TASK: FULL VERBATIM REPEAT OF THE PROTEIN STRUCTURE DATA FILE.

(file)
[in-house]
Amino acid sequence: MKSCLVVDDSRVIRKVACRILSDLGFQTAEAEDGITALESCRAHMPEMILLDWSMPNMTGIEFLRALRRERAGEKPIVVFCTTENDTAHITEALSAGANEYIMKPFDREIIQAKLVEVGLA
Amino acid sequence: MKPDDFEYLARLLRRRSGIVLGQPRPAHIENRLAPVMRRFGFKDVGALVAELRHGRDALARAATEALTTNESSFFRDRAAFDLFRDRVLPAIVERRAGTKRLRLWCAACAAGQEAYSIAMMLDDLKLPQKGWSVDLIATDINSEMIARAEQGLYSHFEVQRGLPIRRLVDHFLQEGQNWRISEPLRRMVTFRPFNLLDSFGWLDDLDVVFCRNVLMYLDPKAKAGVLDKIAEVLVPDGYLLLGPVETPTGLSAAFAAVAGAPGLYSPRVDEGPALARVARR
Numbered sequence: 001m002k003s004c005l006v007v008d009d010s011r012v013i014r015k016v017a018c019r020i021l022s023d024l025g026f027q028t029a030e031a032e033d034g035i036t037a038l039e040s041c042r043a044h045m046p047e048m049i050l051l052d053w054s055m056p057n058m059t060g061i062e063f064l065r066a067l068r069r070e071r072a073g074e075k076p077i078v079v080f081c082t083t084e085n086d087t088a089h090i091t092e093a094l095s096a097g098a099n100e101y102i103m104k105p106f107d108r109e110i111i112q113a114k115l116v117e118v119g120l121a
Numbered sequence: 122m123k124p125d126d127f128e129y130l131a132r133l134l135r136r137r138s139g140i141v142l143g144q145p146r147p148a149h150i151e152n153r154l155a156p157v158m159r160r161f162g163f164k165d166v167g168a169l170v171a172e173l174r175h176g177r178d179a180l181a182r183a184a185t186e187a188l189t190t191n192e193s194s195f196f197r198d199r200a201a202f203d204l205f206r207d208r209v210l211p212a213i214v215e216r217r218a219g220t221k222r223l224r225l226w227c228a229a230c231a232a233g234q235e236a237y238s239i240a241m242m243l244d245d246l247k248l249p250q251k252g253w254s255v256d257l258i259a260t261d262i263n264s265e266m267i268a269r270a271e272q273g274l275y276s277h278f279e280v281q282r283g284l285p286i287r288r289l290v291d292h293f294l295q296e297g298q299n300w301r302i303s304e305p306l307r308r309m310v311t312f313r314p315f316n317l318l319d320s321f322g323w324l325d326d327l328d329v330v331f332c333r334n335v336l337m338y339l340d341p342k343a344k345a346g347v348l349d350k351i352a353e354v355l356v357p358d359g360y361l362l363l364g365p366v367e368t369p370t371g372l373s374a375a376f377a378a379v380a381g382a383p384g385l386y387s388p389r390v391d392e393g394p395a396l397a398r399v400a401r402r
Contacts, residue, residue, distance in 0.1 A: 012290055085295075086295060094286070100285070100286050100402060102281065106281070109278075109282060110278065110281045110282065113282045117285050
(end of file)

[in-house]
Amino acid sequence: MKSCLVVDDSRVIRKVACRILSDLGFQTAEAEDGITALESCRAHMPEMILLDWSMPNMTGIEFLRALRRERAGEKPIVVFCTTENDTAHITEALSAGANEYIMKPFDREIIQAKLVEVGLA
Amino acid sequence: MKPDDFEYLARLLRRRSGIVLGQPRPAHIENRLAPVMRRFGFKDVGALVAELRHGRDALARAATEALTTNESSFFRDRAAFDLFRDRVLPAIVERRAGTKRLRLWCAACAAGQEAYSIAMMLDDLKLPQKGWSVDLIATDINSEMIARAEQGLYSHFEVQRGLPIRRLVDHFLQEGQNWRISEPLRRMVTFRPFNLLDSFGWLDDLDVVFCRNVLMYLDPKAKAGVLDKIAEVLVPDGYLLLGPVETPTGLSAAFAAVAGAPGLYSPRVDEGPALARVARR
Numbered sequence: 001m002k003s004c005l006v007v008d009d010s011r012v013i014r015k016v017a018c019r020i021l022s023d024l025g026f027q028t029a030e031a032e033d034g035i036t037a038l039e040s041c042r043a044h045m046p047e048m049i050l051l052d053w054s055m056p057n058m059t060g061i062e063f064l065r066a067l068r069r070e071r072a073g074e075k076p077i078v079v080f081c082t083t084e085n086d087t088a089h090i091t092e093a094l095s096a097g098a099n100e101y102i103m104k105p106f107d108r109e110i111i112q113a114k115l116v117e118v119g120l121a
Numbered sequence: 122m123k124p125d126d127f128e129y130l131a132r133l134l135r136r137r138s139g140i141v142l143g144q145p146r147p148a149h150i151e152n153r154l155a156p157v158m159r160r161f162g163f164k165d166v167g168a169l170v171a172e173l174r175h176g177r178d179a180l181a182r183a184a185t186e187a188l189t190t191n192e193s194s195f196f197r198d199r200a201a202f203d204l205f206r207d208r209v210l211p212a213i214v215e216r217r218a219g220t221k222r223l224r225l226w227c228a229a230c231a232a233g234q235e236a237y238s239i240a241m242m243l244d245d246l247k248l249p250q251k252g253w254s255v256d257l258i259a260t261d262i263n264s265e266m267i268a269r270a271e272q273g274l275y276s277h278f279e280v281q282r283g284l285p286i287r288r289l290v291d292h293f294l295q296e297g298q299n300w301r302i303s304e305p306l307r308r309m310v311t312f313r314p315f316n317l318l319d320s321f322g323w324l325d326d327l328d329v330v331f332c333r334n335v336l337m338y339l340d341p342k343a344k345a346g347v348l349d350k351i352a353e354v355l356v357p358d359g360y361l362l363l364g365p366v367e368t369p370t371g372l373s374a375a376f377a378a379v380a381g382a383p384g385l386y387s388p389r390v391d392e393g394p395a396l397a398r399v400a401r402r
Contacts, residue, residue, distance in 0.1 A: 012290055085295075086295060094286070100285070100286050100402060102281065106281070109278075109282060110278065110281045110282065113282045117285050